The entertainment again this year was our demanding that he read each card to the crowd. He HATES doing it, but his commentary on the cards and the experience itself are hilarious. It does him good. Earlier in life, being the center of attention once rendered him all but inert. Now he takes it in stride and "performs" for his audience. Just another "daily miracle" in our world
The collection of people in our home are a treasure we could never hope to earn. The stories of their kindness toward Nathan and the rest of his family are too numerous to tell. They strengthen us all in our journey. Though they'd never accept credit, they "lighten the load".
Realizing that Nay is now seventeen has been very sobering for me. It's brought with it a litany of hopes that haven't yet been fulfilled. Contrary to my claims that "hope and I aren't on speaking terms", hopes are a hard thing to shake.
In spite of Nathan's miraculous growth and social development, I find myself hoping for more. Each passing year brings the differences between his social abilities and his peers' abilities into more stark relief. Hope is a cruel delusion.
Each birthday reminds me that while many are invited to his celebration, he receives precious few invitations in return. Celebration pictures in social media remove any doubt that little has changed or will on that front. I see the faces of the constant parade of girls over the years who have told us how much they "love Nathan". I hold no hope that any of them are fantasizing about him as their prom date. I can't allow myself to think on these things often. Doing so feeds a bitterness that I don't think I'm strong enough to defeat. My only hope is starving it.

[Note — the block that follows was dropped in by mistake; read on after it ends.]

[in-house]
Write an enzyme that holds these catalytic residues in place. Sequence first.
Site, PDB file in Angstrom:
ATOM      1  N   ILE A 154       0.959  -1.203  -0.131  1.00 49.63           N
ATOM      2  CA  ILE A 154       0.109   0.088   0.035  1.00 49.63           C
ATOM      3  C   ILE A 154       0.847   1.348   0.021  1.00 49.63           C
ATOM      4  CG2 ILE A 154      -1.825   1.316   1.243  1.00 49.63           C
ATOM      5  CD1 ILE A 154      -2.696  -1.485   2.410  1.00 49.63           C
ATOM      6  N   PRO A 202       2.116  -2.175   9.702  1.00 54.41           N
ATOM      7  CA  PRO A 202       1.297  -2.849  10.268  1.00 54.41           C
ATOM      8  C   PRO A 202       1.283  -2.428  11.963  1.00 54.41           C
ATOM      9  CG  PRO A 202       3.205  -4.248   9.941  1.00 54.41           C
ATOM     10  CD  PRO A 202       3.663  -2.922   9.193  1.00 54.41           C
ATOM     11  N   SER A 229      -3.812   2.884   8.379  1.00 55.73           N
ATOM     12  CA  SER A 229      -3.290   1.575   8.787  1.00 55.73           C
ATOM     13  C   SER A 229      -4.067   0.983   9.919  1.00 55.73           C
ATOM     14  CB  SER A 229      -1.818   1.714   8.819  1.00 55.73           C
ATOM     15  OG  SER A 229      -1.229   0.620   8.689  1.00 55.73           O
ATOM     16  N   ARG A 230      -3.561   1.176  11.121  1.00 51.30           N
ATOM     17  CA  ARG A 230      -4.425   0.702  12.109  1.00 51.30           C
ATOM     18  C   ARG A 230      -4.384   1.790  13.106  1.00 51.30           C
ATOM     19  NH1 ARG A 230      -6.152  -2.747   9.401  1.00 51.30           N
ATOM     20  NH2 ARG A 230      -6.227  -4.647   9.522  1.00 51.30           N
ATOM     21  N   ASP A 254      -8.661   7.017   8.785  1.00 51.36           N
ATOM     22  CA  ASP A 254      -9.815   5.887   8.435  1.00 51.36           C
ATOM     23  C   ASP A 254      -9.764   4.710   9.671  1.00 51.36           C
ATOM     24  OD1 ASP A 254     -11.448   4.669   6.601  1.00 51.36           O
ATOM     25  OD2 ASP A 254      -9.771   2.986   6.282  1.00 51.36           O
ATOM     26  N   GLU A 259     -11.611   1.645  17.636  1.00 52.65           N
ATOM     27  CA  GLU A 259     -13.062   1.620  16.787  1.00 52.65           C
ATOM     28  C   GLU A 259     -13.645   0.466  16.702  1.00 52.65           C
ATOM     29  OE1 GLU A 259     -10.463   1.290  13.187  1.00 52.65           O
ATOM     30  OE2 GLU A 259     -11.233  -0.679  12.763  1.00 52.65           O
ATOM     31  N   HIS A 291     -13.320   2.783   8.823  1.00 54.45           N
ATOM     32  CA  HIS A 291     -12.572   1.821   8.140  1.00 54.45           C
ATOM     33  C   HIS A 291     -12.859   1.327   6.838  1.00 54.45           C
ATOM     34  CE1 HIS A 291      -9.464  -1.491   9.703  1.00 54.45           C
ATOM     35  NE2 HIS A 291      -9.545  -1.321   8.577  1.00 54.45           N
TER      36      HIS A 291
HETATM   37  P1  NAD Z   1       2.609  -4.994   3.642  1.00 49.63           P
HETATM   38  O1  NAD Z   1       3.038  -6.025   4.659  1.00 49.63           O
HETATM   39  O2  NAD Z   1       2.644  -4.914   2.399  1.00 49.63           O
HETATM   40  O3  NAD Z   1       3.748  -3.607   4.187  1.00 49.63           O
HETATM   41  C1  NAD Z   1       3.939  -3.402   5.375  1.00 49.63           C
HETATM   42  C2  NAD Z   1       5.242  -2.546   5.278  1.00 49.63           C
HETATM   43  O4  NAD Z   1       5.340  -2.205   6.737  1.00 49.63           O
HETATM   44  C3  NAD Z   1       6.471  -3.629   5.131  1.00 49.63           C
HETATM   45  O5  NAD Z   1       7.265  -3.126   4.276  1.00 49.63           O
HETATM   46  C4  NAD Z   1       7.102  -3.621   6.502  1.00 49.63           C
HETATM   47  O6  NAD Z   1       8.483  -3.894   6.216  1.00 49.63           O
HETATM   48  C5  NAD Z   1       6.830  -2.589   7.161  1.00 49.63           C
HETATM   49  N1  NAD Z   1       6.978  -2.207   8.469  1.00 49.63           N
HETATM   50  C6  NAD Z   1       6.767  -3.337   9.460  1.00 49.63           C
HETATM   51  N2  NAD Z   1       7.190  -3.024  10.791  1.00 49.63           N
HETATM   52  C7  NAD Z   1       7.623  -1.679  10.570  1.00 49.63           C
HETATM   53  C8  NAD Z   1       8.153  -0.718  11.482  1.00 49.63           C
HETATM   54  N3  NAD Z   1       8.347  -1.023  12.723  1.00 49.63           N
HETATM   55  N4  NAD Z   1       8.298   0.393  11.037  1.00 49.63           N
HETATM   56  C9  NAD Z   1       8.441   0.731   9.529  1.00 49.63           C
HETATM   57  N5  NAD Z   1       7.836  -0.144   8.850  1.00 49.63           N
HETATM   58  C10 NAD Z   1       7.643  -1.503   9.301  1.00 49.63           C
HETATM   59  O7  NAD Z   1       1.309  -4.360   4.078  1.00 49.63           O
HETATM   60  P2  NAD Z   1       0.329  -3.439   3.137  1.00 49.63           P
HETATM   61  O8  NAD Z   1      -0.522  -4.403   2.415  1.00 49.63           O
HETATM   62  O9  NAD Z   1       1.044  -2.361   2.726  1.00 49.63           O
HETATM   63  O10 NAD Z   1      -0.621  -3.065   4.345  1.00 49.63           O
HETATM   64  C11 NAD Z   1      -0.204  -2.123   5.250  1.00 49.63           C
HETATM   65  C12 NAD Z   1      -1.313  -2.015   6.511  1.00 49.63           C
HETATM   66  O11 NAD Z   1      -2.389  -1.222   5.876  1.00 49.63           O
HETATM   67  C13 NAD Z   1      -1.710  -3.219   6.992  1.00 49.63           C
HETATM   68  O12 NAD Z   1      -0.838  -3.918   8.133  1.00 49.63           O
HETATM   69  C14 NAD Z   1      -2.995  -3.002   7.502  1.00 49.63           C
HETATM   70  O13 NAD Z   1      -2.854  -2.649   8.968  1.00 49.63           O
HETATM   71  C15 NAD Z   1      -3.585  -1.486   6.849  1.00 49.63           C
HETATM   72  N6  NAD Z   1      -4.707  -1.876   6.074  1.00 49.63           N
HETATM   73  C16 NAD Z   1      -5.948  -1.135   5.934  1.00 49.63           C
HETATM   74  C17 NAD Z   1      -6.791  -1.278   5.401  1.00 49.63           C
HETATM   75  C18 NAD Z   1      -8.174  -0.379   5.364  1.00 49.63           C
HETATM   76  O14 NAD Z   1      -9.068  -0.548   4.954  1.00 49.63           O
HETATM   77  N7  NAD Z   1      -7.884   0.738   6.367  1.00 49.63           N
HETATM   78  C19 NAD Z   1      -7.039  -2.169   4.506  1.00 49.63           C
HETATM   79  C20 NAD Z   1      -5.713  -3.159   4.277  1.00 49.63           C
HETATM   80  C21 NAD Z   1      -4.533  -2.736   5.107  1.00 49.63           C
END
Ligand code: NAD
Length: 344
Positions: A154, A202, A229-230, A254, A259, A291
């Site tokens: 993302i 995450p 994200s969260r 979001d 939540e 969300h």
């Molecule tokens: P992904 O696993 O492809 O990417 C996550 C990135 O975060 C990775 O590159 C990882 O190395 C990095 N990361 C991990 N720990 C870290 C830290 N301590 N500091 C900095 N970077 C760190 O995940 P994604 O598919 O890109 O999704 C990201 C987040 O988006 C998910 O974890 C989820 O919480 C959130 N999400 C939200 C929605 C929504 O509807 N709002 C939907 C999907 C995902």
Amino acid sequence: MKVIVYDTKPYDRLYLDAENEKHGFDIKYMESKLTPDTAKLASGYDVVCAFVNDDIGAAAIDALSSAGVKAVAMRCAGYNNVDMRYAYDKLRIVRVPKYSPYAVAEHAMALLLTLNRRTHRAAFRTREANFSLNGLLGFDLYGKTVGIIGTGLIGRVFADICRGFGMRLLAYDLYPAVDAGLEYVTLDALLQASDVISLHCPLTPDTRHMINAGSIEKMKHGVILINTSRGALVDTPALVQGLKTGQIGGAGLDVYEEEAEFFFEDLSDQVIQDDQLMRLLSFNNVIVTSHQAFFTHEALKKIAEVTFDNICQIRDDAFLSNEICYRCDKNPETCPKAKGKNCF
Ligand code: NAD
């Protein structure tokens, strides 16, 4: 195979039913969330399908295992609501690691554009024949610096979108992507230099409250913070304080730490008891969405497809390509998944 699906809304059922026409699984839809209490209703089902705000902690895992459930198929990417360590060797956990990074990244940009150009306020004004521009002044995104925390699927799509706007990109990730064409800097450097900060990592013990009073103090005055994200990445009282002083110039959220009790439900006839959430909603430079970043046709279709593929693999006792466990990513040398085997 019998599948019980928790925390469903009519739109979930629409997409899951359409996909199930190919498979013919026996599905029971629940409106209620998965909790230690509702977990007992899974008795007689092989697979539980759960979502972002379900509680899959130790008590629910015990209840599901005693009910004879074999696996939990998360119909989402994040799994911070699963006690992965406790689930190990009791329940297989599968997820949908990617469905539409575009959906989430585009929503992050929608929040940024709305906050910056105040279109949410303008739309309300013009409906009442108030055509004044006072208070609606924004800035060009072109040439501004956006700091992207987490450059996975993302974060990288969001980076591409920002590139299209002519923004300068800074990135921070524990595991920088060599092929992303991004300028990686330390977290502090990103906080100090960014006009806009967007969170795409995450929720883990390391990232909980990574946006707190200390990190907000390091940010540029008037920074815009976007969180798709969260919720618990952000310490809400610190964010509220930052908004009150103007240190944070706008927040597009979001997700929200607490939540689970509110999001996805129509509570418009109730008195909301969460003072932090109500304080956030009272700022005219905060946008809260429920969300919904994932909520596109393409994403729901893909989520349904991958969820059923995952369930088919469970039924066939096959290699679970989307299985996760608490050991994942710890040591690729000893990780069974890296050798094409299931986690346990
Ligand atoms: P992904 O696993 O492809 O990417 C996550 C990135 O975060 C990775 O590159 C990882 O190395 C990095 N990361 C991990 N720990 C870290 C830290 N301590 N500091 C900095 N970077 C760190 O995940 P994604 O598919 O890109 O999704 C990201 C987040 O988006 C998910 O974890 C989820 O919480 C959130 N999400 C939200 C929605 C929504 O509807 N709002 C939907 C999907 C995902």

I have to confess. These are my hopes and dreams, not his. Nathan is a happy kid. He always has been. I'm more thankful for this than I can express. Nathan always has and continues to be my "running buddy". No matter where I'm going, Nathan is always game to tag along.
Nathan's dream is to go to college. He wants to go to Tech. We're working hard to prepare him. It's been the goal since day one. We tell each new set of teachers "we haven't ruled out college for Nathan. We believe he can do it." It's Nathan's dream that makes seventeen so sobering.
There is much left to be done. Seventeen tells me that the sunlight of his childhood is waning. We need more time. He's come so far, but hope has again betrayed me. Where hope fails me, Nathan never does. He has consistently burst through every limitation I thought he had. He continues to amaze.
My fears and disappointments are mine. He seldom seems bothered by any of it. He is stalwart and strong. I have no doubt he'll find his own path and accomplish what he chooses. He always has.